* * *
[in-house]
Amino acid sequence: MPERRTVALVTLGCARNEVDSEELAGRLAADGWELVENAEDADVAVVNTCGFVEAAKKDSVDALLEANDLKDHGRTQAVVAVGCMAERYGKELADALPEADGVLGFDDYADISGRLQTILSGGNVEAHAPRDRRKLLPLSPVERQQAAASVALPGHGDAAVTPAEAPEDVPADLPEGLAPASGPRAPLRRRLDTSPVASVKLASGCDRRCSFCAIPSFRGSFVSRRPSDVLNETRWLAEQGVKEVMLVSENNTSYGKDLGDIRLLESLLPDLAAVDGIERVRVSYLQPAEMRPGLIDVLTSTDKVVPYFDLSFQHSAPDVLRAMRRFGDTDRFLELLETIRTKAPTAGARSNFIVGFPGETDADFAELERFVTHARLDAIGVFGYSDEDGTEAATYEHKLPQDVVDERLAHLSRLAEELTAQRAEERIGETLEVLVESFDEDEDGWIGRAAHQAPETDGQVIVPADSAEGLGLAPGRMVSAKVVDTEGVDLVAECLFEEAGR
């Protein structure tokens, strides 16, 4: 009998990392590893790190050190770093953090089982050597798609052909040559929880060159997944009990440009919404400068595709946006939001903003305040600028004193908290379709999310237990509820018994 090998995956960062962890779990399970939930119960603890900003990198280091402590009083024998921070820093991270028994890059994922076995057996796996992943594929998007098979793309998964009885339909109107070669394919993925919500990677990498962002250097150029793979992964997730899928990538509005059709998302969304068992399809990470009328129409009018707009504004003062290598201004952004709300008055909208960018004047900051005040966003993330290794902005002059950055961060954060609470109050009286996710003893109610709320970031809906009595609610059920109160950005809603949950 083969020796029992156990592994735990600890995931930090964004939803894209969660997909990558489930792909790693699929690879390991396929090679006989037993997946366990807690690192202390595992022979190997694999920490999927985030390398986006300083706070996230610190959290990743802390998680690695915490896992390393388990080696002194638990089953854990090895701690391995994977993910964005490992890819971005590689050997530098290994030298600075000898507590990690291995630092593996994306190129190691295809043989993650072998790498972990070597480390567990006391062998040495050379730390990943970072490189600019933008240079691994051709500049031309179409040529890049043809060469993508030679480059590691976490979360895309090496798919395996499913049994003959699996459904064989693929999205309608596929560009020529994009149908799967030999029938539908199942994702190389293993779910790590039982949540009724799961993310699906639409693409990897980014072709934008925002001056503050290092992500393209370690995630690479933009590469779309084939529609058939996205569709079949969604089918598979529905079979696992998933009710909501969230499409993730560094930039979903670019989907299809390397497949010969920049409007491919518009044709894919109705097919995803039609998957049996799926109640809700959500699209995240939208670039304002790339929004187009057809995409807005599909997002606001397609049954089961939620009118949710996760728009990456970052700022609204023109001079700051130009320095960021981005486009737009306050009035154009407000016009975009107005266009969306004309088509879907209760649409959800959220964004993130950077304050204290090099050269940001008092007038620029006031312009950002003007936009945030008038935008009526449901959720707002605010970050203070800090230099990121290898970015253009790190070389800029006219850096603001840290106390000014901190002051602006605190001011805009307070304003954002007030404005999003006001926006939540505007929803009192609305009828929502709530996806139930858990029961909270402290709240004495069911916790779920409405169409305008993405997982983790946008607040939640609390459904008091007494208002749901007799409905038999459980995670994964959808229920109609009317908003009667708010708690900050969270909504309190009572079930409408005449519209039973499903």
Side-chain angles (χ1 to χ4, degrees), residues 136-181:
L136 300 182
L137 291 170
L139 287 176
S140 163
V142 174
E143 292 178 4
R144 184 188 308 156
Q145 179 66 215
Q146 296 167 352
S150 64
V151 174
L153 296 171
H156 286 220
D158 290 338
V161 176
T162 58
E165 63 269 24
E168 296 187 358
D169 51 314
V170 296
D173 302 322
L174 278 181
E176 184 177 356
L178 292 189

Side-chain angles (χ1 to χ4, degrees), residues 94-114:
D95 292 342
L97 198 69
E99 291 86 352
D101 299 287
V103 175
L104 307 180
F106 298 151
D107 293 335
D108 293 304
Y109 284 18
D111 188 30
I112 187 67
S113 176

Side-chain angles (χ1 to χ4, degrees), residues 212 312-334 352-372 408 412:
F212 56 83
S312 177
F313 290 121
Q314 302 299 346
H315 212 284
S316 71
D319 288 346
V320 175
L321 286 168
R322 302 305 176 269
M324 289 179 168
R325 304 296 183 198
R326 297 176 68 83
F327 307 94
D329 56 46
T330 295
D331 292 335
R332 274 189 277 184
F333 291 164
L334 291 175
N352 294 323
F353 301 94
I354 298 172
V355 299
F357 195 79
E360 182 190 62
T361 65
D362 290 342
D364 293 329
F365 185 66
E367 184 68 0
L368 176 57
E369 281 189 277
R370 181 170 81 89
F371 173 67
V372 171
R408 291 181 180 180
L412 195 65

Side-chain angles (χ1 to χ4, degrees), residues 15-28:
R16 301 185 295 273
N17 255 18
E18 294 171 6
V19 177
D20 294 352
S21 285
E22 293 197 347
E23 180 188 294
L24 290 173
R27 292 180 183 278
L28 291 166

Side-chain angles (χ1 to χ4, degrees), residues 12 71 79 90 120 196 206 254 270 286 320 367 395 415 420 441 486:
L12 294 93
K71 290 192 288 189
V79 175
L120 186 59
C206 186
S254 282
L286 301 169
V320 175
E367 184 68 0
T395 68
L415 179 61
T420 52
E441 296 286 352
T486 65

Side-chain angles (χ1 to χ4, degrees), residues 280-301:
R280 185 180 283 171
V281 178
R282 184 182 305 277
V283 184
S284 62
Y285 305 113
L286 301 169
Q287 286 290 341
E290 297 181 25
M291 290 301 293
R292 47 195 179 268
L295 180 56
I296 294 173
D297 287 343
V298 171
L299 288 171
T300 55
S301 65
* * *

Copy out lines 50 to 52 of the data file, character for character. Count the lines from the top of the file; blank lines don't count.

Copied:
D319 288 346
V320 175
L321 286 168